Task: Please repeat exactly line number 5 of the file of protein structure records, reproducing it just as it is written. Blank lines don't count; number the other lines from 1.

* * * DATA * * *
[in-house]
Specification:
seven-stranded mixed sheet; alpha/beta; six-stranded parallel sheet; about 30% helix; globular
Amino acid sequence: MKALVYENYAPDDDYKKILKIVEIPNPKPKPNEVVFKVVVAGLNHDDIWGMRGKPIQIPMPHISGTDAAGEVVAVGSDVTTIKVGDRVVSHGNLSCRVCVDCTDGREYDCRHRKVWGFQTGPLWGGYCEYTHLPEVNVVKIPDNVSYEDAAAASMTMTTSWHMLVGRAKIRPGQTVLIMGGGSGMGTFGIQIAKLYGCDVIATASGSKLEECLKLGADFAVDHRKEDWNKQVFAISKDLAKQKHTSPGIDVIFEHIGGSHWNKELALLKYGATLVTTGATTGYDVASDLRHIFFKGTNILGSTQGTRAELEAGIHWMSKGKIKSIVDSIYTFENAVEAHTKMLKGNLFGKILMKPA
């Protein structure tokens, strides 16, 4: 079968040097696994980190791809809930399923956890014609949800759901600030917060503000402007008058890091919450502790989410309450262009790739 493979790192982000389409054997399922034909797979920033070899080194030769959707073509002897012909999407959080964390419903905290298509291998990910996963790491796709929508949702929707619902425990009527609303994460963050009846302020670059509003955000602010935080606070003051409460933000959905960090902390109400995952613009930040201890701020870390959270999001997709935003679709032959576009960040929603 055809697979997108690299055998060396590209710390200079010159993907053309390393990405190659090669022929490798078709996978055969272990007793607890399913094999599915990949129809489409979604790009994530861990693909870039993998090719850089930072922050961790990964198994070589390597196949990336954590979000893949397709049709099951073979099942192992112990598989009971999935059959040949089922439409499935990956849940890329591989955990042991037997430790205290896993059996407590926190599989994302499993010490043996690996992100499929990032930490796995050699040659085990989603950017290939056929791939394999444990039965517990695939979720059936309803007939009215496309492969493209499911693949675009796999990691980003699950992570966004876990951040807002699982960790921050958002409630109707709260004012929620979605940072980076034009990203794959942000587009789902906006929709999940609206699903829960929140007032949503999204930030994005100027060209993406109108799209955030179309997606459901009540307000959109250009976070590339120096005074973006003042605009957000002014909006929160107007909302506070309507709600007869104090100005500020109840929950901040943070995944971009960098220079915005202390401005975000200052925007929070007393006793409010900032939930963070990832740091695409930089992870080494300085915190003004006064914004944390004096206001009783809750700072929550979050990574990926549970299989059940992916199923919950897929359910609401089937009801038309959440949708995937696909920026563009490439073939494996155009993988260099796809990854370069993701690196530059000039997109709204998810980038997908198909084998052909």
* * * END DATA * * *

């Protein structure tokens, strides 16, 4: 079968040097696994980190791809809930399923956890014609949800759901600030917060503000402007008058890091919450502790989410309450262009790739 493979790192982000389409054997399922034909797979920033070899080194030769959707073509002897012909999407959080964390419903905290298509291998990910996963790491796709929508949702929707619902425990009527609303994460963050009846302020670059509003955000602010935080606070003051409460933000959905960090902390109400995952613009930040201890701020870390959270999001997709935003679709032959576009960040929603 055809697979997108690299055998060396590209710390200079010159993907053309390393990405190659090669022929490798078709996978055969272990007793607890399913094999599915990949129809489409979604790009994530861990693909870039993998090719850089930072922050961790990964198994070589390597196949990336954590979000893949397709049709099951073979099942192992112990598989009971999935059959040949089922439409499935990956849940890329591989955990042991037997430790205290896993059996407590926190599989994302499993010490043996690996992100499929990032930490796995050699040659085990989603950017290939056929791939394999444990039965517990695939979720059936309803007939009215496309492969493209499911693949675009796999990691980003699950992570966004876990951040807002699982960790921050958002409630109707709260004012929620979605940072980076034009990203794959942000587009789902906006929709999940609206699903829960929140007032949503999204930030994005100027060209993406109108799209955030179309997606459901009540307000959109250009976070590339120096005074973006003042605009957000002014909006929160107007909302506070309507709600007869104090100005500020109840929950901040943070995944971009960098220079915005202390401005975000200052925007929070007393006793409010900032939930963070990832740091695409930089992870080494300085915190003004006064914004944390004096206001009783809750700072929550979050990574990926549970299989059940992916199923919950897929359910609401089937009801038309959440949708995937696909920026563009490439073939494996155009993988260099796809990854370069993701690196530059000039997109709204998810980038997908198909084998052909």